"Dental care was the most likely to be skipped or postponed, followed by regular checkups or physical exams," according to KFF.

This is obviously concerning. How many of these skipped appointments were your patients? Unless they are being contacted to reschedule these missed appointments, there are huge and growing holes in your future schedule.

The second article provides further affirmation of how important it is for practices to be hyperfocused on their fourth quarter. According to current industry data, dental spending in the U.S. is estimated to plummet by up to 38% of projected pre-COVID-19 levels in 2020. At roughly $92 billion, that would be $56 billion less than projected before the pandemic, according to the latest information released by the ADA's Health Policy Institute.

What to do?

Although 2020 may still turn out to be one of your most challenging years ever, it doesn't have to be that way. Many practices we work with at Dental Intelligence have come out of the shutdown with record performance and a plan for strategically scheduling their patients.

For example, Sullivan Dental Partners in Brentwood, TN, spent time during the shutdown planning for the moment when the practice would reopen. They decided to focus on their "high-value" patients -- those who would help them come out of the shutdown quickly. They focused on their existing treatment plans and used data to "cherry pick" the best opportunities to come back strong. They didn't use their practice management software to do any of this: It was all from their Dental Intelligence growth platform. They prioritized their follow-ups based on the dollar amount of their treatment plans and then began reaching out to those patients to reschedule them.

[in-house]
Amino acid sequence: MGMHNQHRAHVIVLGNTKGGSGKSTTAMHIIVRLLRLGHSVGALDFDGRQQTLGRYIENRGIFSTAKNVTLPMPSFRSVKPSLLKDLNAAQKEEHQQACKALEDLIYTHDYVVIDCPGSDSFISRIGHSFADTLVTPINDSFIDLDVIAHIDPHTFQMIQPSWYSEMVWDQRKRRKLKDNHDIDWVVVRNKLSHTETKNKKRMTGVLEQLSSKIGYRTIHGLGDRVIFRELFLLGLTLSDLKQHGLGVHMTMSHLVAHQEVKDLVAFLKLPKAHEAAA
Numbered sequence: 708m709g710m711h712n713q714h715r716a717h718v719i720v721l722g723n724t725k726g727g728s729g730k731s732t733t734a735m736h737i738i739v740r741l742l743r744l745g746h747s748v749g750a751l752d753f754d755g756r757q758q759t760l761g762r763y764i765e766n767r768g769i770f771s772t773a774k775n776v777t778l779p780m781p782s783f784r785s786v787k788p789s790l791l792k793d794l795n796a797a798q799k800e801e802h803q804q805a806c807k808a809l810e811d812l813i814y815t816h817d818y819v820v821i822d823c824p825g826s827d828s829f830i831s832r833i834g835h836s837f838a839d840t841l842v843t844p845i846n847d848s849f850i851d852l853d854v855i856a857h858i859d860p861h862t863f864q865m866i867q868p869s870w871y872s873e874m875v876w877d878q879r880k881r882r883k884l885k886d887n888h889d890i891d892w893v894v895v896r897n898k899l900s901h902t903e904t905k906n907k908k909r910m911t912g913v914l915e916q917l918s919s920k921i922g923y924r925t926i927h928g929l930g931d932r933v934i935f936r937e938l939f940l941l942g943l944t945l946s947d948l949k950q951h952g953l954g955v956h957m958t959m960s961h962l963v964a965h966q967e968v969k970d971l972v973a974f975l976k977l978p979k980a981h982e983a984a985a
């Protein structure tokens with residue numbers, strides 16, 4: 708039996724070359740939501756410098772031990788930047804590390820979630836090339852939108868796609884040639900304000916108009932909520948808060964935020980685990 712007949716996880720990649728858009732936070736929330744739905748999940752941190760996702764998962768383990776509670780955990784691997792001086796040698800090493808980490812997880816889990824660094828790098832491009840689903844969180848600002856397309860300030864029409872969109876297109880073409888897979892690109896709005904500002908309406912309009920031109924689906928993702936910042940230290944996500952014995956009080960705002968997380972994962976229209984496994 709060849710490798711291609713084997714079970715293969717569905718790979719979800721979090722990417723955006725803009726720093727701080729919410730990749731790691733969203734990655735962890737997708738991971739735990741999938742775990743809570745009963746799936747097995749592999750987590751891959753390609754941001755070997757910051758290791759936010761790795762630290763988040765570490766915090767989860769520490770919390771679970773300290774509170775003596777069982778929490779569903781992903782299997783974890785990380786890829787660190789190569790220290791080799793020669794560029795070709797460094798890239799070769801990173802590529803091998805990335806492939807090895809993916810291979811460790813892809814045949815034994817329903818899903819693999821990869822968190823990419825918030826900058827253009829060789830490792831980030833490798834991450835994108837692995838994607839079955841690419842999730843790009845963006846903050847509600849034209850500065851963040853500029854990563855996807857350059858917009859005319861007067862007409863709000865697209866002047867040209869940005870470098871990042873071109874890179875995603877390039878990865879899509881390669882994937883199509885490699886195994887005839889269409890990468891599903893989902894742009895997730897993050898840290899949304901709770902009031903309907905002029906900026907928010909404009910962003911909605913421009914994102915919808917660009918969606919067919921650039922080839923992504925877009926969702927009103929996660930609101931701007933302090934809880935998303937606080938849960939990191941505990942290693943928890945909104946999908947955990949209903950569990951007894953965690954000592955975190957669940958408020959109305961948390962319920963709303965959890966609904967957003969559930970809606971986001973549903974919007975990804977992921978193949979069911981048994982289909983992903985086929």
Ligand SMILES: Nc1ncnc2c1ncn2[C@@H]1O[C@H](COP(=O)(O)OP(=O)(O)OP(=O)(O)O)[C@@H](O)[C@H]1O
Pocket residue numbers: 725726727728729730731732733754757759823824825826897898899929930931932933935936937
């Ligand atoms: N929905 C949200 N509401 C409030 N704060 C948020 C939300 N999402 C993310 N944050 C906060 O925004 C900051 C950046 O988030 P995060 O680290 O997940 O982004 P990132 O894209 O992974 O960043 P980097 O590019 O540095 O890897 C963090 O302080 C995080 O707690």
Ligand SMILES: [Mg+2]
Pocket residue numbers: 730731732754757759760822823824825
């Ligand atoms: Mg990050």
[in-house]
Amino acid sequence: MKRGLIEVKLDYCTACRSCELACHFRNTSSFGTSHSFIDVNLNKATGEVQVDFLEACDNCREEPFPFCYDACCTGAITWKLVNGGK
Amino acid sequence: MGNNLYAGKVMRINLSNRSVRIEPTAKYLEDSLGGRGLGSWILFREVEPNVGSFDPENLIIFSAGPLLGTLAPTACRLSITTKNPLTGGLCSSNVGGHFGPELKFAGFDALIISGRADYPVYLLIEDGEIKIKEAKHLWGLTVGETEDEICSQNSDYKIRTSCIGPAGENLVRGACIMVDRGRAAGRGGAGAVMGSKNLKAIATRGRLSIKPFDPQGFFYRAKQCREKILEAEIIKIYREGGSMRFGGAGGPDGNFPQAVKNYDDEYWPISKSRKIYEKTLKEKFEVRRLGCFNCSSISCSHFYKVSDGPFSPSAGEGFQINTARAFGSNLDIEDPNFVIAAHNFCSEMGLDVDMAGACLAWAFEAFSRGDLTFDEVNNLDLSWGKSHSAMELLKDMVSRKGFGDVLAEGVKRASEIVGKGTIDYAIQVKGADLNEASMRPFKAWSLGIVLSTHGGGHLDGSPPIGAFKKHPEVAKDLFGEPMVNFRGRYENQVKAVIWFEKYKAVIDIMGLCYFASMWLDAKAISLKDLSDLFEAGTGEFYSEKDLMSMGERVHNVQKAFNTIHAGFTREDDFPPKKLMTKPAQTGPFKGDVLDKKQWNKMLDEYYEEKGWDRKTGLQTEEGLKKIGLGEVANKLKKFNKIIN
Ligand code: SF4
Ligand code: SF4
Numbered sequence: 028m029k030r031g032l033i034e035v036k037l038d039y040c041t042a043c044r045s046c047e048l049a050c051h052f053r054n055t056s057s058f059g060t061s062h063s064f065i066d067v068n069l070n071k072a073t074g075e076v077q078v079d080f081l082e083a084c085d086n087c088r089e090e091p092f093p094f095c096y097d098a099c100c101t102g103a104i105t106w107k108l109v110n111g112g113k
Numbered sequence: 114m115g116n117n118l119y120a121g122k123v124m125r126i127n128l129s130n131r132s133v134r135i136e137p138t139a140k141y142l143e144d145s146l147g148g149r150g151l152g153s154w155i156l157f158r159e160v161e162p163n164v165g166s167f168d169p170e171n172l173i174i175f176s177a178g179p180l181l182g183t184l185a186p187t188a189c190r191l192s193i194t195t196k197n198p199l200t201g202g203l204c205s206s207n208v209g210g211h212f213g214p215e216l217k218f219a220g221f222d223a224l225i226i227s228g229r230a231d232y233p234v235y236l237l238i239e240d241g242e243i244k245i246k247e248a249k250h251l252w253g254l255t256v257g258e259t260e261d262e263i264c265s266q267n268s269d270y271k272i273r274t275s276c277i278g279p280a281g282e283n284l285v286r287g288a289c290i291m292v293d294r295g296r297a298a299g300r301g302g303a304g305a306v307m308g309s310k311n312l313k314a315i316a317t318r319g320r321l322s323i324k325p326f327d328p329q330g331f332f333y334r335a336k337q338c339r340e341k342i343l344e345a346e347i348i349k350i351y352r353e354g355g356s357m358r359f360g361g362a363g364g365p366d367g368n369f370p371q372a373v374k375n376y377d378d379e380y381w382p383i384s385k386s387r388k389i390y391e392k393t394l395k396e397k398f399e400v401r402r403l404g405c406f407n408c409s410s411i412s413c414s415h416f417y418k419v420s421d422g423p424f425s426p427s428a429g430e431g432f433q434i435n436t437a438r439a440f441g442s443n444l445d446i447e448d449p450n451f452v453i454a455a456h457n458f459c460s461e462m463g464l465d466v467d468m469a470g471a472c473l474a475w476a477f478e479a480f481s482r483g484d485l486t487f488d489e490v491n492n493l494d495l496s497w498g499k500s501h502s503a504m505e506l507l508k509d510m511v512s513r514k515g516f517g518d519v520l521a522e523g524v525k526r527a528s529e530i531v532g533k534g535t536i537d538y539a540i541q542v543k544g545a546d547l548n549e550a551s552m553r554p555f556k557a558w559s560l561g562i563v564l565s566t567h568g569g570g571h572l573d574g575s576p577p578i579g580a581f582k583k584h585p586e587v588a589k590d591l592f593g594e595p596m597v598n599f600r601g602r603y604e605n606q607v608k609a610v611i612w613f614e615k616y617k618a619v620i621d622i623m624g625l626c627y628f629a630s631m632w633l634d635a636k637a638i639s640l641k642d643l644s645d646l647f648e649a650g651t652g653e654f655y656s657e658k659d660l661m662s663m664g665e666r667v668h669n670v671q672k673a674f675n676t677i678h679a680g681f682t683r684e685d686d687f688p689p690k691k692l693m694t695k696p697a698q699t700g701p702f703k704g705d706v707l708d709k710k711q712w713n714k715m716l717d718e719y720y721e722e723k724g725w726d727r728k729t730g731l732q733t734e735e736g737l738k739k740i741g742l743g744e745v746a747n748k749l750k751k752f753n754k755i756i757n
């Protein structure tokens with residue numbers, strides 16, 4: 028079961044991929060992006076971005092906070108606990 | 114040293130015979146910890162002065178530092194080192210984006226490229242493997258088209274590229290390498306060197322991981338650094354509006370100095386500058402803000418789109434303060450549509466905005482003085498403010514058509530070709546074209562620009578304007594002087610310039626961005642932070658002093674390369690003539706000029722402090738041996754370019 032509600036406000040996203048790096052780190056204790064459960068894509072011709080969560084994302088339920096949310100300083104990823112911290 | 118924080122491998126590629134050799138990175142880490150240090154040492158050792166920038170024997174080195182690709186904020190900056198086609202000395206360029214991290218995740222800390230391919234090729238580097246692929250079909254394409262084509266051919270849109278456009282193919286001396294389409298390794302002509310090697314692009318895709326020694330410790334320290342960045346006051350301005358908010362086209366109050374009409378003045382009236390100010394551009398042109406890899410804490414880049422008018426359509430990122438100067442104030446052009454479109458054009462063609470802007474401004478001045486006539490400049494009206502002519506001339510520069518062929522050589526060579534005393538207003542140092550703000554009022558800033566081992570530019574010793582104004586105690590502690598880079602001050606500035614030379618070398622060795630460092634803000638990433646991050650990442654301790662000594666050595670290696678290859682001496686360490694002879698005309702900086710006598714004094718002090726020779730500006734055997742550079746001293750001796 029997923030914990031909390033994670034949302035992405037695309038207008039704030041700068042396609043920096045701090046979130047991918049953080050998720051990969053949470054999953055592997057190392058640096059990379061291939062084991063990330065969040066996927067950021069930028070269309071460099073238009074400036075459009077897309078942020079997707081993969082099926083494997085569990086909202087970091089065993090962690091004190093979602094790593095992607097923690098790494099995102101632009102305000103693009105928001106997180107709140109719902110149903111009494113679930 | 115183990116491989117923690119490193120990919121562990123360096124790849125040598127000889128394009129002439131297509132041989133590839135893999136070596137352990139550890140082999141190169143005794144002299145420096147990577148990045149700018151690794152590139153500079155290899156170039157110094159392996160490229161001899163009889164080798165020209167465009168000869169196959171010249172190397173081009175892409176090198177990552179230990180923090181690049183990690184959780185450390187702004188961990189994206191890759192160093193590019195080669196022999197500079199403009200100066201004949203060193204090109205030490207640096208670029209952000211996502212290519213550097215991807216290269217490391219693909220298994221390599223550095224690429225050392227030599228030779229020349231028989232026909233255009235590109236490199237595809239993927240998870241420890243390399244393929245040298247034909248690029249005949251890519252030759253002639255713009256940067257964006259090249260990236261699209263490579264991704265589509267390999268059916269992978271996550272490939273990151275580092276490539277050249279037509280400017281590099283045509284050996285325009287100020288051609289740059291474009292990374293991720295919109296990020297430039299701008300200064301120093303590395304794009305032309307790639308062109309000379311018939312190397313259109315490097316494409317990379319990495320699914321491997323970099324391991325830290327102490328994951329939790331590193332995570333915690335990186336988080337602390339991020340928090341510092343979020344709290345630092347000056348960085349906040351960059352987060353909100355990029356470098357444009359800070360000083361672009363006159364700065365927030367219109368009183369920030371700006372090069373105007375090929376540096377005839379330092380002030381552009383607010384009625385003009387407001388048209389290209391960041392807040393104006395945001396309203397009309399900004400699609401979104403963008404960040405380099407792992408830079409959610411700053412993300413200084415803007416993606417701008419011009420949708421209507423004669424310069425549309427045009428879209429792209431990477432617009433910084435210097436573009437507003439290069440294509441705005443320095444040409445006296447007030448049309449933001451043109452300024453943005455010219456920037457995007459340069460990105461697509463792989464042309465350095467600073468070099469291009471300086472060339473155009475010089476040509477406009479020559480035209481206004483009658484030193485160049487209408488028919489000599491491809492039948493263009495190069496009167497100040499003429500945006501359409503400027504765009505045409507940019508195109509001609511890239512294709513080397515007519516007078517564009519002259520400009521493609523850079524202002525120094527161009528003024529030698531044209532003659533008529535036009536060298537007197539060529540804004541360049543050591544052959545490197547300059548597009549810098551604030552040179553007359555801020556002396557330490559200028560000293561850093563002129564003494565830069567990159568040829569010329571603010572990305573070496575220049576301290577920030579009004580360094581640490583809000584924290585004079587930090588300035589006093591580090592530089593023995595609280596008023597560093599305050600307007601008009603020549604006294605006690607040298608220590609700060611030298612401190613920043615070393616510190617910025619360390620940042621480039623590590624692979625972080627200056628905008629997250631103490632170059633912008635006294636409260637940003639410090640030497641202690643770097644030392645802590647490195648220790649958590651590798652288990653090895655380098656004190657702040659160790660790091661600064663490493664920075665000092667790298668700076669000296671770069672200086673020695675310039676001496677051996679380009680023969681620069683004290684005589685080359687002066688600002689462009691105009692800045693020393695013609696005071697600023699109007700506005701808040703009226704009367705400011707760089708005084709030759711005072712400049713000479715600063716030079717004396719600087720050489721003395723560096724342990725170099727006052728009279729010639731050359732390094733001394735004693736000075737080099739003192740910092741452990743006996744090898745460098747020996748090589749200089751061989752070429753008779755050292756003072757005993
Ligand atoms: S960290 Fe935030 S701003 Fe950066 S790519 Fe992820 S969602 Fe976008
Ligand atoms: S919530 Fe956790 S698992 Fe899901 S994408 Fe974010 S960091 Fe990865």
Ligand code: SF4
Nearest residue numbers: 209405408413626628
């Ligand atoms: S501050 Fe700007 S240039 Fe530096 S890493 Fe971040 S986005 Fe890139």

What was the result? Sullivan Dental went from doing under $40,000 in emergency-only treatment in April 2020 to doing over $350,000 production in May -- one of their highest months ever in the history of their practice. And here is the best part. They have a strategic plan in place using Dental Intelligence to make October an even better month than May. They are proactively planning for the future of their practice.

How was this possible? Instead of trying to schedule new patients or every existing patient in no particular order, Sullivan stayed focused on production per visit (PPV) to make the most of each patient visit.

In May of 2018, for example, they were averaging $404 PPV. In May of 2019, that had increased to $531 PPV. By continuing to focus on this metric, in May of 2020, the practice increased their PPV to $712. That's almost double what they were doing just two years ago. Simply by focusing on certain patients and making them a priority they were able to see a $200 per patient increase.

Right now, you may be on the verge of exhaustion. Having few (if any) appointments on your schedule might even sound like exactly what you need at the moment. However, the ramifications of this on your patients and practice could have a far-reaching impact. Take care of your future practice by planning to succeed in October today. Use your data to plan for the future, and don't let the big problem be your big problem.

Curtis Marshall is the director of partner operations for Dental Intelligence.

The comments and observations expressed herein do not necessarily reflect the opinions of, nor should they be construed as an endorsement or admonishment of any particular idea, vendor, or organization.

Copyright © 2020